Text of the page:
The Gospel


The gospel, or “good news,” is the one message that Jesus commanded His disciples to preach to every creature. It includes the truths about Christ’s work to redeem sinners and the fact that they may obtain eternal life through faith.

In Galatians 1:6-9, the Holy Spirit indicates that the gospel is insepa-rable from “the grace of Christ,” His unmerited favor. A solemn curse is pronounced on any person who preaches a gospel in which salvation is not a free gift of grace, but requires works or merit either to obtain or to retain its benefits.

God proclaims the true gospel in I Corinthians 15:1-5. This gospel secures forgiveness of sins and the gift of eternal life to every person who possesses a vital faith (not an empty or “vain” faith, v. 2) in Christ.

But there are many false Christs (Matt. 24:24; I Cor. 8:5-6). Therefore, it is necessary that we identify the Christ who alone can save.

First, He is God. God the Father calls His Son “God” in Hebrews 1:8 (cf., I John 2:22). At the same time, because of the incarnation, Christ is man (I John 4:3). Those who deny either the deity or the humanity of Christ are called “antichrists” in I John.

The gospel includes four historical facts concerning the God-man Christ Jesus, the object of saving faith:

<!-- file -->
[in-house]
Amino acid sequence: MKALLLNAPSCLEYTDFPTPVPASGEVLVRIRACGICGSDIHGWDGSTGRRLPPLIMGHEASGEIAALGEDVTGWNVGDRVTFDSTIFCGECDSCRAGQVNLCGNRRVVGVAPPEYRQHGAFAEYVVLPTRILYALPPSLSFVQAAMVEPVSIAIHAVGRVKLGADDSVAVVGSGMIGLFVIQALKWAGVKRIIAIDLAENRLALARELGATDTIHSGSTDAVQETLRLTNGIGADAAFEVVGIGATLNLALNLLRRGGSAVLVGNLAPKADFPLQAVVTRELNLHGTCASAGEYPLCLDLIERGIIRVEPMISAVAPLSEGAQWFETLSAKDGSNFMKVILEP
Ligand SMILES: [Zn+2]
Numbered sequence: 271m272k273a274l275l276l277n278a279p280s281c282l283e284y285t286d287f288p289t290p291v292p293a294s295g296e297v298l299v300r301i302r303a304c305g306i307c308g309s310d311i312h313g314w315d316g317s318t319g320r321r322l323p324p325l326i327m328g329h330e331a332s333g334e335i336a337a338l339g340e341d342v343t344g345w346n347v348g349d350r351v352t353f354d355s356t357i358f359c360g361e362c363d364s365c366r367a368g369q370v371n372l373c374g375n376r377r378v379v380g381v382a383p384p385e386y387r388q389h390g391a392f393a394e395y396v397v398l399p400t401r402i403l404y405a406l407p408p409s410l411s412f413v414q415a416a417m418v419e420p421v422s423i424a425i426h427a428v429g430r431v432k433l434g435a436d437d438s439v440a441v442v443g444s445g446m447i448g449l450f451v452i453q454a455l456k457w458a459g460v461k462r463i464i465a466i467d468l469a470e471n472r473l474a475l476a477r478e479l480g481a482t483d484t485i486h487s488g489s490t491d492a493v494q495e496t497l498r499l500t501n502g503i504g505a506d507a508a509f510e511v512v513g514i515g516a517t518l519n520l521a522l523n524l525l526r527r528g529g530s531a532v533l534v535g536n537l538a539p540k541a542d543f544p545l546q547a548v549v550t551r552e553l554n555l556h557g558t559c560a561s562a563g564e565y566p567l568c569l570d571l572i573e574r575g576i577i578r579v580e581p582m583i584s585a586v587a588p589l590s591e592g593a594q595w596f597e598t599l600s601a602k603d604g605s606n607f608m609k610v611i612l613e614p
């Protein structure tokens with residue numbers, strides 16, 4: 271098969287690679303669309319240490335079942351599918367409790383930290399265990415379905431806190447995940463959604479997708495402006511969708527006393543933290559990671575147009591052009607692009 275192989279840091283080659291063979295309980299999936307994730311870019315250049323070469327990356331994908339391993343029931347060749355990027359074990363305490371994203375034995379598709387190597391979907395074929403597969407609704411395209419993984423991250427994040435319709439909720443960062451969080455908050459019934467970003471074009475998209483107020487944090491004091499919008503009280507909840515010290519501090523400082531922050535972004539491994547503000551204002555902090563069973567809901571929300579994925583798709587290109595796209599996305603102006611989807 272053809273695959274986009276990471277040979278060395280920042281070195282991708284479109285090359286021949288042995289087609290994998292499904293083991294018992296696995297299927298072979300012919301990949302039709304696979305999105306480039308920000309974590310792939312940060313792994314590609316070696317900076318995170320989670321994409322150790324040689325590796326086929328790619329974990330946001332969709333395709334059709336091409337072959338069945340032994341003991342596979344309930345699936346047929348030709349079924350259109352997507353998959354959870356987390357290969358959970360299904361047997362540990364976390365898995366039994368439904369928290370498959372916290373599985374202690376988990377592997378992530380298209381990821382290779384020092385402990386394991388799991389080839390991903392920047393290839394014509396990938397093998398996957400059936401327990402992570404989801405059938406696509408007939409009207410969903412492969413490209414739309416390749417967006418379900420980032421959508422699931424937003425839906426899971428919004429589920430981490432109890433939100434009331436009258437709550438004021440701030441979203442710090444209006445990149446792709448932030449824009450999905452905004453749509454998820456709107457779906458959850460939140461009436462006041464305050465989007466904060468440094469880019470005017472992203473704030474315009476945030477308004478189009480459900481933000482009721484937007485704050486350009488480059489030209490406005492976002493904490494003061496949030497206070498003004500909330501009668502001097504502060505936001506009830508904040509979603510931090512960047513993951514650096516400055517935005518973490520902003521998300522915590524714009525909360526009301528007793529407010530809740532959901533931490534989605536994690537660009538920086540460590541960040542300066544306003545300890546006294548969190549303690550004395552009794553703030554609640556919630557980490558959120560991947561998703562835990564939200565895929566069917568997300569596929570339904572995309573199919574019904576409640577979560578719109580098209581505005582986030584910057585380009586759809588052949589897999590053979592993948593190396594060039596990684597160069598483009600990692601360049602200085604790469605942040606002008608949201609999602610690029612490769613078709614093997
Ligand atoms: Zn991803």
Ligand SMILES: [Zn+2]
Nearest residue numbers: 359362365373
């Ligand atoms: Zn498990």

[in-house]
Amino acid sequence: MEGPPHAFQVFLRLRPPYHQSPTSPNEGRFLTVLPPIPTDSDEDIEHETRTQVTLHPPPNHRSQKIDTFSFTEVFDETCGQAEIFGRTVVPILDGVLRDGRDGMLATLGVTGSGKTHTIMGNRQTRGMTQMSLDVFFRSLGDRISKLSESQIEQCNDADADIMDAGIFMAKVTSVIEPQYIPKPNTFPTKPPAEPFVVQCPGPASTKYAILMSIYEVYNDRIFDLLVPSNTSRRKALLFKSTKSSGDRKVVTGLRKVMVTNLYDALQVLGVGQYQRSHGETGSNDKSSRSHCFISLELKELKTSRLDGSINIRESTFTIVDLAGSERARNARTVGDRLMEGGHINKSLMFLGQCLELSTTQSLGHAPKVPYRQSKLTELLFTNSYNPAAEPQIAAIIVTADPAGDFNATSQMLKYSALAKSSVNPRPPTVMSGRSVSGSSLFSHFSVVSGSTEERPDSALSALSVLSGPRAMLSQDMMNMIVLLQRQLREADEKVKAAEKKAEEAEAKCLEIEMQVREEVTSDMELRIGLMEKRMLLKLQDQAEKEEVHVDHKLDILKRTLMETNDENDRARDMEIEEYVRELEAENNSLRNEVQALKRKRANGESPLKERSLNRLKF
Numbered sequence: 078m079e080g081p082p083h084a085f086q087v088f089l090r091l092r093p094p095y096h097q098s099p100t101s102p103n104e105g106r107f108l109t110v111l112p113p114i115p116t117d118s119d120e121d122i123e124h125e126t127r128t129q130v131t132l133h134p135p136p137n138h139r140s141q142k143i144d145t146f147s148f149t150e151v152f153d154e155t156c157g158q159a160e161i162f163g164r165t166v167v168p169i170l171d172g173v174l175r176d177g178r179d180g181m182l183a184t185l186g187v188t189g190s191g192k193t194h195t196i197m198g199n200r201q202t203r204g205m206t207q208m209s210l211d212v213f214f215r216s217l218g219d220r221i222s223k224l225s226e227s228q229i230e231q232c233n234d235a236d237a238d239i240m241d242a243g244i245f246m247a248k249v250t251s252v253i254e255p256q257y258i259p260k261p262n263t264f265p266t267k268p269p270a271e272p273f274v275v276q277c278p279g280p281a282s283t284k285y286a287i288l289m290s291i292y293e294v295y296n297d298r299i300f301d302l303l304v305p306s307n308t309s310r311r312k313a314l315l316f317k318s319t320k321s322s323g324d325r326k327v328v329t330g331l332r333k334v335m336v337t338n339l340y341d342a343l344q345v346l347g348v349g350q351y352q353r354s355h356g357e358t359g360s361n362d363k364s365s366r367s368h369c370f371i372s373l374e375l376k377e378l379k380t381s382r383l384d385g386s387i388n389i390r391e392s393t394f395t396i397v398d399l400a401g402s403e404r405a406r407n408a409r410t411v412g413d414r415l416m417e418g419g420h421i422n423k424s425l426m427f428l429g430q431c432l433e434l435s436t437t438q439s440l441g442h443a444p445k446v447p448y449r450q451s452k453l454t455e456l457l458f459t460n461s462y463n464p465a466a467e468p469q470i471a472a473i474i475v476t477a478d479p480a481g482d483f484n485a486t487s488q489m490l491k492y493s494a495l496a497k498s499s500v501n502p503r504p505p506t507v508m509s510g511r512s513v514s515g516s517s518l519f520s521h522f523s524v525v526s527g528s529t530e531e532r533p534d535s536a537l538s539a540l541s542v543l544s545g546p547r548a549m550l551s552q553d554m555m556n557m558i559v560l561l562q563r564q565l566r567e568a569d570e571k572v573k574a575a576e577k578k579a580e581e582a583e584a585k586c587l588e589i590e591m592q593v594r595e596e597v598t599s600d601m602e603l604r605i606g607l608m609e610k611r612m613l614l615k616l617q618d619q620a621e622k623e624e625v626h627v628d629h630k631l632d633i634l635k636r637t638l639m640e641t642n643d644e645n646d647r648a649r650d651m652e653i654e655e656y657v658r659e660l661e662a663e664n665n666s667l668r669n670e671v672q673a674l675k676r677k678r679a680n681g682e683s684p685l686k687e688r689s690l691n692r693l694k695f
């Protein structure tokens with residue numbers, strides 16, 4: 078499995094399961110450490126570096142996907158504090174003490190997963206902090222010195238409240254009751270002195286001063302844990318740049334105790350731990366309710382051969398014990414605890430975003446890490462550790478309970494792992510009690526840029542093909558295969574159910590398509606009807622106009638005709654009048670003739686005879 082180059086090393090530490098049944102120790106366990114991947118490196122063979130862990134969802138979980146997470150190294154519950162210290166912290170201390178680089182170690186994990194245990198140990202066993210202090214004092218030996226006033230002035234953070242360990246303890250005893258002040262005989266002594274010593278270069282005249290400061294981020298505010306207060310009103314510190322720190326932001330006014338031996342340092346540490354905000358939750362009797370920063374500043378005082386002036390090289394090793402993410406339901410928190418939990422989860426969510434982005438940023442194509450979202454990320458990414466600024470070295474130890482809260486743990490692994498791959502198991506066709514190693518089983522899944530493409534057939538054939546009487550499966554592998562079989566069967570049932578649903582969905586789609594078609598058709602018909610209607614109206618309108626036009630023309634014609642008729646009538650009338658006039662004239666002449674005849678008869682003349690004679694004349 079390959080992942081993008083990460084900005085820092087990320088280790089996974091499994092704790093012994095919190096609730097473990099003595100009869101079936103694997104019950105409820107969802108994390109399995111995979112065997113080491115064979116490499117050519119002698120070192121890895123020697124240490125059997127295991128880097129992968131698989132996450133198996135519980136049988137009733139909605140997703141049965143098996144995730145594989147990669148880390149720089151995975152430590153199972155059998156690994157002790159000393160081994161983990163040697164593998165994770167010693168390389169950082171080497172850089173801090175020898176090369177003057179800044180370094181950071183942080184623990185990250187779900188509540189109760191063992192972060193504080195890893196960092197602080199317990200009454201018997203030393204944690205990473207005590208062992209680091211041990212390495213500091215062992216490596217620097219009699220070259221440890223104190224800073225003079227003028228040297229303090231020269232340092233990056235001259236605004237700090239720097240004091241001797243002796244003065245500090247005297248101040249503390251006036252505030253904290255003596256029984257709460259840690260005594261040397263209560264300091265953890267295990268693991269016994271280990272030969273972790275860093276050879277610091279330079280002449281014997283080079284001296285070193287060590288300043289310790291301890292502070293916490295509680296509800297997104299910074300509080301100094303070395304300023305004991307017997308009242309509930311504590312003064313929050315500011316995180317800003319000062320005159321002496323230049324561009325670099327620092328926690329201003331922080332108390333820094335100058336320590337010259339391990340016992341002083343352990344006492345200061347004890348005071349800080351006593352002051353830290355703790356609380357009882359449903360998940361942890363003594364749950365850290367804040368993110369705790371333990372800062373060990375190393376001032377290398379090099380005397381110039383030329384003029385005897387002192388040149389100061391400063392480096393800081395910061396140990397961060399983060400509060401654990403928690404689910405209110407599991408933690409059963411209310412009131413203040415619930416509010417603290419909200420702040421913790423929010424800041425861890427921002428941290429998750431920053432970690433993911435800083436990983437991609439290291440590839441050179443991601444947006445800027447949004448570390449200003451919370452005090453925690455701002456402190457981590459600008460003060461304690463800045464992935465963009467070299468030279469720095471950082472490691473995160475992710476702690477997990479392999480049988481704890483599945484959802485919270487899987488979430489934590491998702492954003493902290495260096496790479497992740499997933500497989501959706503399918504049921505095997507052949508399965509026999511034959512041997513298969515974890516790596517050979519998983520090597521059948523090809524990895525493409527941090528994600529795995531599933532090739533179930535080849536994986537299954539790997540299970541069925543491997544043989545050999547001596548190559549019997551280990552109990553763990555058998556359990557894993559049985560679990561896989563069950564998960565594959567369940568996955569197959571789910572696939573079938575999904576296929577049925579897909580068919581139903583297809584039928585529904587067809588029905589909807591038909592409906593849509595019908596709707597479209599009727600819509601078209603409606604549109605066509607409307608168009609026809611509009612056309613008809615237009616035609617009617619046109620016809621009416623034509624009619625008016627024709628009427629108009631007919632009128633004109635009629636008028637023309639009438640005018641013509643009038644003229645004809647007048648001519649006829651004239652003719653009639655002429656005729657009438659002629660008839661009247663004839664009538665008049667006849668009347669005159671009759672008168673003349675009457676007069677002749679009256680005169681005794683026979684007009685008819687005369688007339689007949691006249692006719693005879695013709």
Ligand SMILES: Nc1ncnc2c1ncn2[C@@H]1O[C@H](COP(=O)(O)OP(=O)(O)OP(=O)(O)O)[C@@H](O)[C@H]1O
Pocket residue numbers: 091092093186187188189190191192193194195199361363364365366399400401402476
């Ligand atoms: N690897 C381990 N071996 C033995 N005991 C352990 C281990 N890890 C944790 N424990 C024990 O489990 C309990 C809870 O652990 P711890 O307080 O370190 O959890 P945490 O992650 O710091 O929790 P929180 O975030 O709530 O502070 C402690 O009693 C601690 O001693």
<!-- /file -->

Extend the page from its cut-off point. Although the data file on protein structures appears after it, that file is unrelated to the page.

1. He died for our sins.
  2. He was buried.
  3. He rose again on the third day.
  4. He was seen by many witnesses.

The burial, in which the body was wound with linen and about 100 pounds of gums and perfumes and a separate head wrapping (John 19:39-42; 20:5-7), testified that His body was really dead.

The record that Jesus was seen by many individuals and small groups and, finally, to over 500 at one time assures us that the resurrection was genuine.

God provides salvation only to persons who will accept it as an unde-served gift, by faith.

Finally, I Corinthians 15:3 says: “I delivered unto you first of all . . .” This means the gospel is of primary importance for us to understand, believe, and teach our children.

~ Written by Dr. Roger Congdon